A Barthes Reader (Magill's Literary Annual 1983)
At the time of his death in early 1980, Roland Barthes was undoubtedly the best-known French intellectual of his day and perhaps even the most highly regarded critic and theorist working within the confines of Western literary culture. A prolific writer whose favored form was the essay, Barthes differed from almost all of his predecessors as well as from most of his contemporaries in that he did not so much explore the writings of others as the processes of reading and writing themselves. Both his formulation of new principles for the reading of literature and his rejection of older notions of literary understanding are articulated in a manner which unites the best in critical and creative writing, the result being that the reader finds his mind enlivened at the same time as many of his, perhaps cherished, ideas are challenged.
Barthes did not attempt to build a theoretical system or to formulate principles which can be codified into a rigid approach to literature. Each of his successive texts can be regarded as a departure from the previous one rather than as an attempt at refining and consolidating previously advanced arguments. His work is not, however, lacking in internal consistency; it is possible to point to the presence of considerable unity while recognizing that fundamental differences exist, for example, between the earlier “Structuralist” and the later “post-Structuralist” stages of his literary production.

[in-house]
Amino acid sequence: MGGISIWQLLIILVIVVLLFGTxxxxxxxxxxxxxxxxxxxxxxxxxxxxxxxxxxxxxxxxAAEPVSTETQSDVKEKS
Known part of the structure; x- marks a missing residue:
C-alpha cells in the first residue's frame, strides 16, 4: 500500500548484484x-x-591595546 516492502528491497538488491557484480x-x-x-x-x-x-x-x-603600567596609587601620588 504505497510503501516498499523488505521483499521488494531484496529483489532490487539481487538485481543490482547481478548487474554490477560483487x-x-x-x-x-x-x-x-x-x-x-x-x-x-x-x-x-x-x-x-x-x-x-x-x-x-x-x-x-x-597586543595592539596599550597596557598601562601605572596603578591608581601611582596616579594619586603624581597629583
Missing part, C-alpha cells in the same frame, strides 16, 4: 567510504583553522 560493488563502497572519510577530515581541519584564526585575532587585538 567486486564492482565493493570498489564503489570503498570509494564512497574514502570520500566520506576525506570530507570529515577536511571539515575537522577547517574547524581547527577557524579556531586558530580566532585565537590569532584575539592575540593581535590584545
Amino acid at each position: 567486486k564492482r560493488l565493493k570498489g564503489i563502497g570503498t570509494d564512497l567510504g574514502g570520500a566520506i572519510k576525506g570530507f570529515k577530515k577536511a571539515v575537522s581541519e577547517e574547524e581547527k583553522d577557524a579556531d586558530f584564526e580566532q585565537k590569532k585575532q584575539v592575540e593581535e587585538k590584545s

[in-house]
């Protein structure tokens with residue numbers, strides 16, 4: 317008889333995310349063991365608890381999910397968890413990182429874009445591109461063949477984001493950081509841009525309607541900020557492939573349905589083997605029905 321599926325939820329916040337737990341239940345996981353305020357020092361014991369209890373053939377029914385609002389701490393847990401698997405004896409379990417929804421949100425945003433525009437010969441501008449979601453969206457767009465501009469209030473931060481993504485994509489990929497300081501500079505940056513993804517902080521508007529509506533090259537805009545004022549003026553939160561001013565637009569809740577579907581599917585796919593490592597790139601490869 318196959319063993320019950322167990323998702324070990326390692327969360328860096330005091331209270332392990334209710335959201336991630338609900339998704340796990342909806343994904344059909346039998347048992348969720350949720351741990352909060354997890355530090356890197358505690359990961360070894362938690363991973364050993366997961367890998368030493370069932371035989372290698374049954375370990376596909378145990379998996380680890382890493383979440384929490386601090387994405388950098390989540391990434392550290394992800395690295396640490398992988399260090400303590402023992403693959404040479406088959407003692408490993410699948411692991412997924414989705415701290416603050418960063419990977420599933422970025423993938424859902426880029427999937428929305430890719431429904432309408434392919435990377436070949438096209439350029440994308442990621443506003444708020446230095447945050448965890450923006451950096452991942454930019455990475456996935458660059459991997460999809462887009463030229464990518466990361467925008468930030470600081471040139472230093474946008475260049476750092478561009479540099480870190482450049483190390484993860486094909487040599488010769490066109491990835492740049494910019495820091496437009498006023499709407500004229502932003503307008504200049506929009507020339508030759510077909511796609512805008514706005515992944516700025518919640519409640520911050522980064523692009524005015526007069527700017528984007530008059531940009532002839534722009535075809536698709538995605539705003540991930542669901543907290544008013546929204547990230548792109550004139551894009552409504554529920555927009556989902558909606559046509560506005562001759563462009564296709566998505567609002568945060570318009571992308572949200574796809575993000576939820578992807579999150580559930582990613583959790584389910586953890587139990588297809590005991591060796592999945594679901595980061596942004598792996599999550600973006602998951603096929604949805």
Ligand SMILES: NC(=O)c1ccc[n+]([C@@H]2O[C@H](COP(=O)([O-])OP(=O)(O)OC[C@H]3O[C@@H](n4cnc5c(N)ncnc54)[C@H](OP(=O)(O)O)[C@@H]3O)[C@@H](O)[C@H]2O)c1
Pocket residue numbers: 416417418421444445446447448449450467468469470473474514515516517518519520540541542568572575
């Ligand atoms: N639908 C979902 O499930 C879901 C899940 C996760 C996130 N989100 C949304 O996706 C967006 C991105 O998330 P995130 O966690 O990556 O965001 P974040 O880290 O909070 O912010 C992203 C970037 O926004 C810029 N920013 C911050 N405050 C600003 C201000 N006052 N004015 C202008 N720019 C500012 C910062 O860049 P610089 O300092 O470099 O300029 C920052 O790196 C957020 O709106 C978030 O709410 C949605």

(The entire section is 1967 words.)
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Bibliography (Magill's Literary Annual 1983)
Commonweal. CIX, December 3, 1982, p. 666.
Library Journal. CVII, August, 1982, p. 1463.
Los Angeles Times Book Review. September 5, 1982, p. 3.
Nation. CCXXXV, November 20, 1982, p. 525.
The New Republic. CLXXXVII, october 11, 1982, p. 27.
The New York Times Book Review. LXXXVII, September 12, 1982, p. 1.
Newsweek. C, October 11, 1982, p. 106.
Publishers Weekly. CCXXI, June 11, 1982, p. 55.
Times Literary Supplement. December 10, 1982, p. 1372.
(The entire section is 49 words.)